“On the same day, when evening had come, He said to them, “Let us cross over to the other side.” Now when they had left the multitude, they took Him along in the boat as He was. And other little boats were also with Him.” Mark 4:35-36
It was camp meeting. I was 16 and it was the summer of 1985. It was Sabbath and we were only there for the day. I was hanging out with friends; we were talking and laughing like the teenagers we were and in the middle of everything we were joined by a 10 year old boy, I’ll call him Bobby. We hadn’t invited him. To be honest, I think we all found his presence to be an intrusion but we didn’t want to be unkind so we didn’t ask him to leave.
After a while we left the picnic table we’d been sitting around and began to walk around the campground. The Bobby continued to follow us for a while. At some point he had to leave to find his parents and it was then that my friends told me that while we were walking Bobby had been copying everything I’d been doing: the way I walked, the way I would stand, and some of the gestures I’d make. I was unaware, but someone was specifically following me.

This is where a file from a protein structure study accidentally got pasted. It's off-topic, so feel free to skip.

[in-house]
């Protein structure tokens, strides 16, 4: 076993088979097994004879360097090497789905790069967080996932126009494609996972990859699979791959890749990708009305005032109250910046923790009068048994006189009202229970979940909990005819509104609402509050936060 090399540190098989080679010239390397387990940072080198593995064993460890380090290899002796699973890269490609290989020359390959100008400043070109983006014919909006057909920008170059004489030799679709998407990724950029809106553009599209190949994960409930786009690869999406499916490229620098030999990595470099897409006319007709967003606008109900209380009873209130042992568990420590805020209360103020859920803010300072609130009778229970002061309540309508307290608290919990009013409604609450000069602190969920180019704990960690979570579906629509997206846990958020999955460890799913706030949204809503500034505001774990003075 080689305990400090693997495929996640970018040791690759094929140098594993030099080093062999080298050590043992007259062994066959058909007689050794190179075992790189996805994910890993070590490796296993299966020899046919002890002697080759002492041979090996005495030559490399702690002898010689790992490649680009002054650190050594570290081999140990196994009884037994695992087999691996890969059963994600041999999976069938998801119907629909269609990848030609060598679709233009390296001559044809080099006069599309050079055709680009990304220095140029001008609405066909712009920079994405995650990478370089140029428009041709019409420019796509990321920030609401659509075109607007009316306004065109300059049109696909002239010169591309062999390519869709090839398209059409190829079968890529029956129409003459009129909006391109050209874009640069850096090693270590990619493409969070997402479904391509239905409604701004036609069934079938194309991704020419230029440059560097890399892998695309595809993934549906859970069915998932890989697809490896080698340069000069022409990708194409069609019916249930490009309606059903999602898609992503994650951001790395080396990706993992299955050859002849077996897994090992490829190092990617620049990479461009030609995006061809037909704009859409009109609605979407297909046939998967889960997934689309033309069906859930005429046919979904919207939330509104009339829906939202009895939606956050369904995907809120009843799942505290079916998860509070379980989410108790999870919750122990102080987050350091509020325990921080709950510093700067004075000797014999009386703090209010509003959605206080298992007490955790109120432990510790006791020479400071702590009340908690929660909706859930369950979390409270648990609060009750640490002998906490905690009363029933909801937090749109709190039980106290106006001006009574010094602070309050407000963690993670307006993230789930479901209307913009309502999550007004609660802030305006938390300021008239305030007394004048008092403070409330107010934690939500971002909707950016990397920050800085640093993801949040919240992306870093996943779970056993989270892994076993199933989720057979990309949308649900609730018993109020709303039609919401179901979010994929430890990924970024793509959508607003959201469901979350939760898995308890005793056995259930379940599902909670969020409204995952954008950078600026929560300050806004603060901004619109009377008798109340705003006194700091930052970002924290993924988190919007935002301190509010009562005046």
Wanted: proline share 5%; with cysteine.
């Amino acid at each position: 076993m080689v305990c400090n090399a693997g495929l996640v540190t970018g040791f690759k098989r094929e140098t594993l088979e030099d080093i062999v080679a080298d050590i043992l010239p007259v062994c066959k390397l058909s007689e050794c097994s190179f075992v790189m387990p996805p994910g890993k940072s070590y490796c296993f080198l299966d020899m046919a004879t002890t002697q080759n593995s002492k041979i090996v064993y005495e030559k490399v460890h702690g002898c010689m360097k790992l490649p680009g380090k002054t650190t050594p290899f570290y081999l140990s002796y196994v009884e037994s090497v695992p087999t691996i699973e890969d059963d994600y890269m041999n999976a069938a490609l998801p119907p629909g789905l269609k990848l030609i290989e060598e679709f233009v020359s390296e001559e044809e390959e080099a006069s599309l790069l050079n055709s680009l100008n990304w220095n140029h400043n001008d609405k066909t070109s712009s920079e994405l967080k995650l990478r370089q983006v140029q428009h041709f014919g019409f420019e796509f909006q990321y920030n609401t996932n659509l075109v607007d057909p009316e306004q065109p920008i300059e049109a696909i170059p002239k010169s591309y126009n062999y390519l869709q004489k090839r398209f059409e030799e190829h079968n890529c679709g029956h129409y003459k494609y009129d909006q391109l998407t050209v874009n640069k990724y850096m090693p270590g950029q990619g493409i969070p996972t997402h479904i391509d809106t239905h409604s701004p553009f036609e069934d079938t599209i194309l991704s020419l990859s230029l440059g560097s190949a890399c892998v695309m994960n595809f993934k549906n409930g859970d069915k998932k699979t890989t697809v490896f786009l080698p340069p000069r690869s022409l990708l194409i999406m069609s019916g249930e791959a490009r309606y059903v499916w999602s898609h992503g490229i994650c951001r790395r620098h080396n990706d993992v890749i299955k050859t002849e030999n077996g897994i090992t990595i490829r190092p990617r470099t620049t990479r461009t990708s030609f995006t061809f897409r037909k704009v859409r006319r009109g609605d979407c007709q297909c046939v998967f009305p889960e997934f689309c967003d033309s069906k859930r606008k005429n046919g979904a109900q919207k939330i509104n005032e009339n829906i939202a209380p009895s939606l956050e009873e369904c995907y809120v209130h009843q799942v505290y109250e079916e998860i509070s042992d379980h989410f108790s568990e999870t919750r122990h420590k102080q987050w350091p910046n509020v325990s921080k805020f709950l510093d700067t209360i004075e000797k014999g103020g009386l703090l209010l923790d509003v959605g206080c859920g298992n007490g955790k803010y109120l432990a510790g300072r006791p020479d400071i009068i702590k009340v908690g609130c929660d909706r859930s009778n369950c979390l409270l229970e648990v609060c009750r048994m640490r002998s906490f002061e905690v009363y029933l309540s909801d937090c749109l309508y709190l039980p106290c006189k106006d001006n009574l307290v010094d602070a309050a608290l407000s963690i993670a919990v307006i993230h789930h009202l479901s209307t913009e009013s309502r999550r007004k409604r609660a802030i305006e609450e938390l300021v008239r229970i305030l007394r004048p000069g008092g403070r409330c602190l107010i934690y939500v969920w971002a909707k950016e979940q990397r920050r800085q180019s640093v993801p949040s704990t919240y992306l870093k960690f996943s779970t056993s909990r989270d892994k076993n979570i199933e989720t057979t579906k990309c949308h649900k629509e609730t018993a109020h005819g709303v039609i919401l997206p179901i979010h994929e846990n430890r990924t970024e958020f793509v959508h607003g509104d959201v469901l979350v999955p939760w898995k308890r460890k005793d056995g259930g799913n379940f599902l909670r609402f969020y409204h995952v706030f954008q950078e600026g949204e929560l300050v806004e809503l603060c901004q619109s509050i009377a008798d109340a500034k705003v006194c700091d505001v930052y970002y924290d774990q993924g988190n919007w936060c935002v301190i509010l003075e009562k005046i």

Sometimes I find it helpful to think of the world as being filled with two types of people: leaders and followers. One of the important things to realize when thinking this way is that as followers we need someone to lead. We’re looking for a leader. But it’s not always clear cut as to whether people are leaders or followers. While we may know ourselves to be followers someone else may at the same time be looking to follow us.
In our focus text, Jesus wasn’t thinking about those that were following him. He was exhausted after a long day of teaching and healing and now he needed to sleep. Mark records that that’s just what he did. He curled up in the back of the boat, nestled his head on a pillow, and it was lights out. Unbeknownst to him, other little boats were pushing of into the lake so they could follow him.
We may be unaware that people are following us. We may not want people to follow us. The thought of being responsible for where we are leading people may be frightening to us. But it doesn’t have to be. Remember, the important thing isn’t where you’re leading it’s who you’re following. If you’re following Jesus then it’s safe for others to follow you.